• IMHO, in contrast it's large projects (OS's, database technologies (both sql and non-traditional), compiler chains, Gnu CoreUtils) that benefit most from F/OSS

        You only gave examples of projects that are of interest to the programmers themselves. Products for themselves.

  • I read robot and home brewed and hoped someone had invented their own personal home brewing robot. Oh well, the dream lives on

    • And I thought you were talking about a home building robot. Which I think could be done, with some robots working with compressed earth and forms. Compressed earth is amazingly solid, and easily made from regular soil and water, it's just a whole lot of manual labor.

    • Looks like your mind went to a lot nicer place than a lot of the posters who came later than you. I'd much prefer a robot to brew my beer than do the other thing.

  • by societyofrobots ( 1396043 ) on Wednesday October 05, 2011 @09:08AM (#37611138)

    I've also done an entire robot voice controlled, with wheels and two arms, and all the hardware and software are open source (done to the smallest detail, and easy to understand).

    the video can be found here: []

    all the documentation can be found here: []

  • It would be nice to see this combined with something like Apple's new voice interface (I'm sure there are other equivalents) to parse a more complex grammar.

    Even something like "left" vs "left a bit" vs "left a lot" would be enough to make this a more natural interface.

    Great stuff though, nonetheless. I remember ten years ago when I was at Cambridge the engineers having a competition to build robotic arms to pick up screws, half of them couldn't get it to work, and that was in a reproducible situation, no c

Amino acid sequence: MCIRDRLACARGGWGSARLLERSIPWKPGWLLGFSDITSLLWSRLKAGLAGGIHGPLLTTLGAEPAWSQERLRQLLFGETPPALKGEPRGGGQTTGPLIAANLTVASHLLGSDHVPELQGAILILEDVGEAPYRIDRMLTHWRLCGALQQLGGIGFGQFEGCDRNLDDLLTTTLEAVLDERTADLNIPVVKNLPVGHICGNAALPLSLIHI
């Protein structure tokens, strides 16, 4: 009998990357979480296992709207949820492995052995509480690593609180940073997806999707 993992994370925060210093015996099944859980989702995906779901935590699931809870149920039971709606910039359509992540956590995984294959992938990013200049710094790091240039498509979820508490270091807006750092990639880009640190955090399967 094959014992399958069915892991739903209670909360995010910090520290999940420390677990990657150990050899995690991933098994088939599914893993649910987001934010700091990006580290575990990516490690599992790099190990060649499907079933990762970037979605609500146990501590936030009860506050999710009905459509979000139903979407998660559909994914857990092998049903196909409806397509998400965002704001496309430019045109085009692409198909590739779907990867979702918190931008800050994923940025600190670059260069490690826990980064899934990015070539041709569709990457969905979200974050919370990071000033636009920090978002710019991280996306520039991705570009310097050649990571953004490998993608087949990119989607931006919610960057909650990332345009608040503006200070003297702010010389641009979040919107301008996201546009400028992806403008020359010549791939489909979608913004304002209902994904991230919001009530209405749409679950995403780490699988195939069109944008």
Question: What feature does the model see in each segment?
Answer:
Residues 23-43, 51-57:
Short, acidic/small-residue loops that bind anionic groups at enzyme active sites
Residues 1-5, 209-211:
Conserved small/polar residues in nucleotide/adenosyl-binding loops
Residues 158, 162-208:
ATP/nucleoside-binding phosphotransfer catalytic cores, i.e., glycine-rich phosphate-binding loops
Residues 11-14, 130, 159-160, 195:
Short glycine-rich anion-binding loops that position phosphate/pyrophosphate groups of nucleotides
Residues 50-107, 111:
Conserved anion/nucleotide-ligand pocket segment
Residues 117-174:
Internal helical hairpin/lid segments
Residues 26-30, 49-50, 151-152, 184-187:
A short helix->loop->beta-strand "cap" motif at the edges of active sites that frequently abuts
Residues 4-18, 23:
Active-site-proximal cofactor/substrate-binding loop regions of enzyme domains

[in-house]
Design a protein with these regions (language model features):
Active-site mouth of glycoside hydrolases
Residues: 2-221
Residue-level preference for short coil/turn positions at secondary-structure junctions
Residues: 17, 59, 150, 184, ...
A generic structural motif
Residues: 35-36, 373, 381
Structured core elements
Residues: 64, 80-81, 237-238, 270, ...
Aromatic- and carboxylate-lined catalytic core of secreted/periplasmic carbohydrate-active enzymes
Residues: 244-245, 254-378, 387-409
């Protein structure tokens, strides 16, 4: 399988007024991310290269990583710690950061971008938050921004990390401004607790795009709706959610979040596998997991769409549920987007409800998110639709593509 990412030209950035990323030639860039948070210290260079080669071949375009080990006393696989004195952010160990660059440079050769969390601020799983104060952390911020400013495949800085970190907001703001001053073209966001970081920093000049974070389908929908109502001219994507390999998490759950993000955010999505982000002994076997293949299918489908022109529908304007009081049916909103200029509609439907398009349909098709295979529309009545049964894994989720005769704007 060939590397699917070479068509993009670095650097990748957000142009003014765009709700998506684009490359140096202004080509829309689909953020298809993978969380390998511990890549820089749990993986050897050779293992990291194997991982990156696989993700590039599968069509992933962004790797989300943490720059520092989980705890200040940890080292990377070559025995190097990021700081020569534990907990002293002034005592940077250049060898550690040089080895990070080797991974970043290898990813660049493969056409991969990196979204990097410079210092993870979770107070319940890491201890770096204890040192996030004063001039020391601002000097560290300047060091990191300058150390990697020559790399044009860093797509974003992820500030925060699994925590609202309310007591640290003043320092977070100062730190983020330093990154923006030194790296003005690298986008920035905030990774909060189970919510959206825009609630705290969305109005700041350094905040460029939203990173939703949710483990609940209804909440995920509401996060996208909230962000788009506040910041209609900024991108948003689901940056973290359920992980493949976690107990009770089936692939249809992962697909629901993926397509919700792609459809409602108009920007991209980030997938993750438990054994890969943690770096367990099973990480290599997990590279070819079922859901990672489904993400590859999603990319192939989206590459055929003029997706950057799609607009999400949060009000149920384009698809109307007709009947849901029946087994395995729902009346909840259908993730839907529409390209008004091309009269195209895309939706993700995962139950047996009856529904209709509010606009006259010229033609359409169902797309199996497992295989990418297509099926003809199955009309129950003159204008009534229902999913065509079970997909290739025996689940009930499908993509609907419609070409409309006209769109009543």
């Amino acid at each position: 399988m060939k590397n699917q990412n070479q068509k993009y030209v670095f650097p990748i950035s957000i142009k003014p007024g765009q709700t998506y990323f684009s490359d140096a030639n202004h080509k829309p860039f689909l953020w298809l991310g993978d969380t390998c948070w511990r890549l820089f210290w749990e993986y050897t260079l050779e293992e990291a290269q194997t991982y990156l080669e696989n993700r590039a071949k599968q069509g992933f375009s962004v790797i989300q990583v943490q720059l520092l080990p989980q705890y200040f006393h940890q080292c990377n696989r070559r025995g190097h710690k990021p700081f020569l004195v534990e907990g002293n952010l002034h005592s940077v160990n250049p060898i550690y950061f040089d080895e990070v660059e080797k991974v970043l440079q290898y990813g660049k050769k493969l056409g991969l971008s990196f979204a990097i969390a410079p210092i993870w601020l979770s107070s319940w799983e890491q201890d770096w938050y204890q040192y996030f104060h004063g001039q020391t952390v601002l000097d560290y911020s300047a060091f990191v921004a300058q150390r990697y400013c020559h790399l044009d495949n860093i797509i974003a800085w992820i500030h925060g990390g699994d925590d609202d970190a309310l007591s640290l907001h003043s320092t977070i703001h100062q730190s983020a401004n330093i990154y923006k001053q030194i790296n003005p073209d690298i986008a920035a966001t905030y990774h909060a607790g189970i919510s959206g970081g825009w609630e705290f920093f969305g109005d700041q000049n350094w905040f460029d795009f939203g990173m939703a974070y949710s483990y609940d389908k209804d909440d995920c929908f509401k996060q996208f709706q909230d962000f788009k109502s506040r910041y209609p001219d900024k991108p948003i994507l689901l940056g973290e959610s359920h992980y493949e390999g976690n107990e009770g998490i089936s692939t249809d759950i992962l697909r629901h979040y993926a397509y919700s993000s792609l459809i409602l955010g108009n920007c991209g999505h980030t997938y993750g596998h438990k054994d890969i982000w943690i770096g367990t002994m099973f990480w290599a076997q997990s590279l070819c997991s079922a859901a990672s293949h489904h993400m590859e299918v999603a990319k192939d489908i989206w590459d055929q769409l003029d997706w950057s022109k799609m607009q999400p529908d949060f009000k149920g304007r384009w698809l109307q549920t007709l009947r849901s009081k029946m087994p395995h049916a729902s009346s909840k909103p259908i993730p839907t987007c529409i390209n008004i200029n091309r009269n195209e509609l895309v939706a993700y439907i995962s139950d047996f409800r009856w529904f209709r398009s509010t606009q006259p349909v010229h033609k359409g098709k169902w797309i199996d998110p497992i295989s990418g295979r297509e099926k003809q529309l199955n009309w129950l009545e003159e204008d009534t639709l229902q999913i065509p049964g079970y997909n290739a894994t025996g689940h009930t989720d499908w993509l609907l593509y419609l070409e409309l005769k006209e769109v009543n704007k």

• by Neil_Brown ( 1568845 ) on Wednesday October 05, 2011 @09:21AM (#37611294) Homepage

    ... when you could just buy one second hand?

  • If the robot arm seizes you by the throat, and you're unable to vocalize the words 'stop choking me!', does it still count as disobeying you?
    • User: Careful, robotic arm, don't strangle me!
      User: I said DON'T strangle me, don [carrier lost]
      Robotic Arm: SYNTAX ERROR ON WORD 3: ...

      Remember with open source: release early, release often.

  • Sound control! Good on ya!

    Just recently I've been trying to do more work with robot arms and vision (as opposed to movement and balance), and I'm looking for good projects to copy and learn from. This is pretty cool.

    Anybody remember a link to a project for a robot-arm shooter that was mentioned on /. a few years ago?
    Anyone have any links to some other good projects?
    Anyone have any good links to robotic cranes with arms?


  • I know a few voice activated commands [] that are probably missing.
  • This video demonstrates why people use remotes instead of voice control. Might be useful for disabled people though.

  • Wasn't this the entire premise behind an episode of The Big Bang Theory?

    So when you "interact" with the robot hand, be sure to program in a command to "release gripper"

I use technology in order to hate it more properly. -- Nam June Paik